And, in turn, this comes down to populism – which can be described as the promotion of easy answers in exchange for electoral support.

Populism can succeed in elections and referendums, and it has recently done so, but it cannot deal with hard policy.

And therein is the contradiction forcing the current political chaos: what works in obtaining power can often be the very reason why being in power then goes so badly.

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24 thoughts on “Politics versus policy, and why the approach of Johnson and Cummings to exercising power is going so badly”

  1. The first sentence makes no sense; for politics read policy (once). And lower down there’s a “too” for a “to”.

  2. I should have read the title, but just plunged in, and was momentarily thrown (in the U.K. English sense of momentarily) by the juxtaposition of approach to politics and approach to (er) politics in the opening paragraph, so it took me a little longer than it should have to get into this, but once there, I found myself nodding in agreement.

    Oddly, however, I also found my mind drifting back to the Blair years where a ‘disregard for the settled norms and practices of conventional politics’ was a similar feature of his government’s political approach (he was very good, however, at identifying the incrusted features of the establishment that needed shaking up and changing), but sadly surprisingly poor at envisaging alternative, more workable, policies to put in the place of the structures he’d begun to dismantle (Lords reform, the proper separation of powers between a state and an independent judiciary, and dozens of other half-baked projects that mostly still fester today: each made claims of oven ready replacements, and each signally failed to deliver).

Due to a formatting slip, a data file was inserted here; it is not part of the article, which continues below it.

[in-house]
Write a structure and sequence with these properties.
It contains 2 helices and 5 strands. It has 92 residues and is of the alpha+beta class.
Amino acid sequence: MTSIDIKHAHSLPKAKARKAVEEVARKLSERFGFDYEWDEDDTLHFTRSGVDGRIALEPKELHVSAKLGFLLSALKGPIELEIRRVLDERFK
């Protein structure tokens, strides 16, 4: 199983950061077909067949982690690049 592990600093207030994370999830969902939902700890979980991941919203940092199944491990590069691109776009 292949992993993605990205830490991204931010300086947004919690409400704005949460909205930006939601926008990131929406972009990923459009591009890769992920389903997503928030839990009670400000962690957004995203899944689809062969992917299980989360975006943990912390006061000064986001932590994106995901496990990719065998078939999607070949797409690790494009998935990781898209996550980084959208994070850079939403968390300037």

3. Not bothered by typos. This comment amplified something I was thinking this morning – I am quite old now and have actively followed politics as long as I can remember.
    All the administrations in my lifetime have made terrible decisions, some of them have actively sought outcomes that ran against my personal beliefs and priorities. But none of them have been obviously incompetent.
    I assume that straightforward people who don’t obsess about politics and policies (and why should they) have never factored in likely competence when deciding who to vote for – the machine would move on as expected more or less.
    This feels different: possibly because some in inner circle really believe in wrecking government to release magic solutions. Not Johnson- think he is like Trump exclusively motivated by being famous to prove he is alive.